Veronica: Rarely, we’ll come across a customer who can’t settle on a color. What I like to do is find inspiration pictures of their desired style or mood and see if anything really stands out to them. Usually this helps to give them more direction. If not, I’ll suggest taking several paint color swatches home then trying out samples of their favorites. Or we’ll schedule an in-home color consultation. This gives both of us a better chance to see how certain colors look within their home, with their specific lighting and decor.

What are your go-to Benjamin Moore colors?

Sue: I don’t know if there are any that work everywhere, other than maybe White Dove (OC-17) and Simply White (OC-117)! Standards like Revere Pewter (HC-172), which has been so popular for the last three years anyway. Shaker Beige (HC-4) is still a go-to beige. But the off-whites like Muslin (OC-12) , Clay Beige (OC-11), Ballet White (OC-9), Natural Cream (OC-14), Pale Oak (OC-20), Classic Gray (OC-23), Gray Owl (OC-52), Balboa Mist (OC-27), Collingwood (OC-28), just to name a few, I think are pretty safe colors. Off-whites and pale neutrals are safe bets when other colors don’t work.

Vicki: Revere Pewter (HC-172), if there’s lots of light, Edgecomb Gray (HC-173), Balboa Mist (1549), or most light grays tend to work in every home, especially now.

Veronica: If all else fails, Revere Pewter HC-172 is a great chameleon color. It just works in 99% of homes. I also find that Steam AF-15, Pale Oak OC-20, and Pashmina AF-100 look good in most homes. While I don’t think there is one specific color that “goes” with every home and style, I would say warm gray-beiges are a safe bet because they’re neutral and transitional.

Beige: The New (and Old) Gray

Believe it or not, beige is back in town. And we have a feeling it’s going to stay for a while…

Now, don’t get this confused with the beige wall color that took over in the late 90’s and early 00’s– this beige has matured and simplified and shifted. Yes, there are loads of different beiges out there, and each one has it’s place. But remember how easy it was decorating with beige, though?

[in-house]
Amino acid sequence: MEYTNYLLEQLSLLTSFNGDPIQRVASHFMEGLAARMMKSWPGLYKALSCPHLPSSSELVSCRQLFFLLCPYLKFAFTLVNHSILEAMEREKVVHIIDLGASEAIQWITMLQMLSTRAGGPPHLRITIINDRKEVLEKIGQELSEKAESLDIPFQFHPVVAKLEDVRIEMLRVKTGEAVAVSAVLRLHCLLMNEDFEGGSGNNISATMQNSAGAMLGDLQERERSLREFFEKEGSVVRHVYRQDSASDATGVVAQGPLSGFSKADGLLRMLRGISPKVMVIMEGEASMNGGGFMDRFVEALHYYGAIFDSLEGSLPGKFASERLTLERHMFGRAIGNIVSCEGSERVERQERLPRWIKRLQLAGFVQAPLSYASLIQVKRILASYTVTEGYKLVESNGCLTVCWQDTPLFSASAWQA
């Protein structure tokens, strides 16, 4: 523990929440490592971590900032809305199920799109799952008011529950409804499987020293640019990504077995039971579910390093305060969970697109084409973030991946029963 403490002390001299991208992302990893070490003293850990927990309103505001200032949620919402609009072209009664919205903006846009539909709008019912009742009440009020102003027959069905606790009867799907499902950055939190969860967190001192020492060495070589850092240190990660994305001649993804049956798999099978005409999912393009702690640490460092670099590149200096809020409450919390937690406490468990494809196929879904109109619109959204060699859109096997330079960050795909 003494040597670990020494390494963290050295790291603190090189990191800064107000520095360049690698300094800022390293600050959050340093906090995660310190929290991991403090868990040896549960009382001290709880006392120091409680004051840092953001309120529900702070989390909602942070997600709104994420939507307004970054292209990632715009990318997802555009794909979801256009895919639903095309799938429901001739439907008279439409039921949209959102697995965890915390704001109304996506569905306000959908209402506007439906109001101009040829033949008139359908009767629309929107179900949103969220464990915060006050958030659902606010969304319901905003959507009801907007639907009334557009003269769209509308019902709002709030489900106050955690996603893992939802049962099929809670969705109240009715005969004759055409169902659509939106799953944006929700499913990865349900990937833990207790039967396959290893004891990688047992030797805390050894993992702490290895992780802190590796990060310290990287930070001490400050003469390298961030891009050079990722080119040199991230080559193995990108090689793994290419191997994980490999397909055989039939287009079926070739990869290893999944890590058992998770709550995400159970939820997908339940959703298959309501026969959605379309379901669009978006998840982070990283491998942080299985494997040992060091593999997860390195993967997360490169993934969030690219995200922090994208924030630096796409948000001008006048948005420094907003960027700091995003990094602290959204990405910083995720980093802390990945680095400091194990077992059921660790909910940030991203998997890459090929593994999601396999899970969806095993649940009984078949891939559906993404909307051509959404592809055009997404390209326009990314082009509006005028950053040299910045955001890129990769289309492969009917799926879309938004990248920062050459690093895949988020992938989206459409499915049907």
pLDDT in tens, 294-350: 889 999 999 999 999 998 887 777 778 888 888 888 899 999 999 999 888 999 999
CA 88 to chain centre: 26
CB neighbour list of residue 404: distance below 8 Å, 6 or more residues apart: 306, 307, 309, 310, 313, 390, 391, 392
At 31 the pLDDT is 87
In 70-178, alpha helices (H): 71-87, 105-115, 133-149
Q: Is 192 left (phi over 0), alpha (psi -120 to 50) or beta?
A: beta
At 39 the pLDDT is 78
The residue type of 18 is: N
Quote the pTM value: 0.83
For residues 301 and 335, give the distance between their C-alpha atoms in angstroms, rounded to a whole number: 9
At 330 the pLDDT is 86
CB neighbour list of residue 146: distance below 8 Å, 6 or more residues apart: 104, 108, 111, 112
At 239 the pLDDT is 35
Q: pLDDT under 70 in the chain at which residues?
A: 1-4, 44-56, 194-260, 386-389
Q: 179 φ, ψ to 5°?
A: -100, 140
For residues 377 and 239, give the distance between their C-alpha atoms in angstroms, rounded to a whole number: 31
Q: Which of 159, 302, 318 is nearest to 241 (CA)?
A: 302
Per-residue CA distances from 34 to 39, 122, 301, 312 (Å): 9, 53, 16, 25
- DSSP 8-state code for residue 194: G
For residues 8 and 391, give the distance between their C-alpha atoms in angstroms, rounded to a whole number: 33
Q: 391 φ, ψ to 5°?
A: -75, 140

Come along for the ride as we explore this modern classic color in some new light… and trends!

Note the brass accent piece on the credenza juxtaposed next to the black metal drapery rods.
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Interior designer color swatches

Interior Design | A Closer Look at the Design Process

“Where do I even begin?”

You may have asked yourself that question a time or two before diving into interior design. Whether you’re making a newly built house your Home or redesigning a space you’ve already furnished, these tried-and-true steps are essential to the design process.

Each space should tell the story of the people who live there and should be their ideal version of luxurious living; whatever luxury means to them. 

Veronica Solomon — Casa Vilora Interiors

If you don’t know how or where to start, or find yourself struggling in the middle of the project, let these helpful guidelines, directly from designers, lead the way. And once you’re done, you’ll have all the tools to do it again!

But hopefully not right away…

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Decorating, Design, and DIY

The Ultimate for Do-It-Yourself and Design Resource


For over 45 years, Wilmot’s Decorating Centers have been serving our local market with top notch design and decorating elements. Servicing our customers is our main priority, especially as we have expanded our horizons to the greater New Bedford market. The design teams in Middleboro and New Bedford stay up to date with modern trends and classic styles to benefit our customers in the best way possible.

Design — to create according to plan…to have as a purpose.

Sometimes achieving the plan or purpose of a home can take a village. With the Wilmot’s Design Collective, our ambition is to cultivate a community that furthers each other’s design skills and creativity.  So let’s become that “village” for each other and see how the design community can flourish collectively.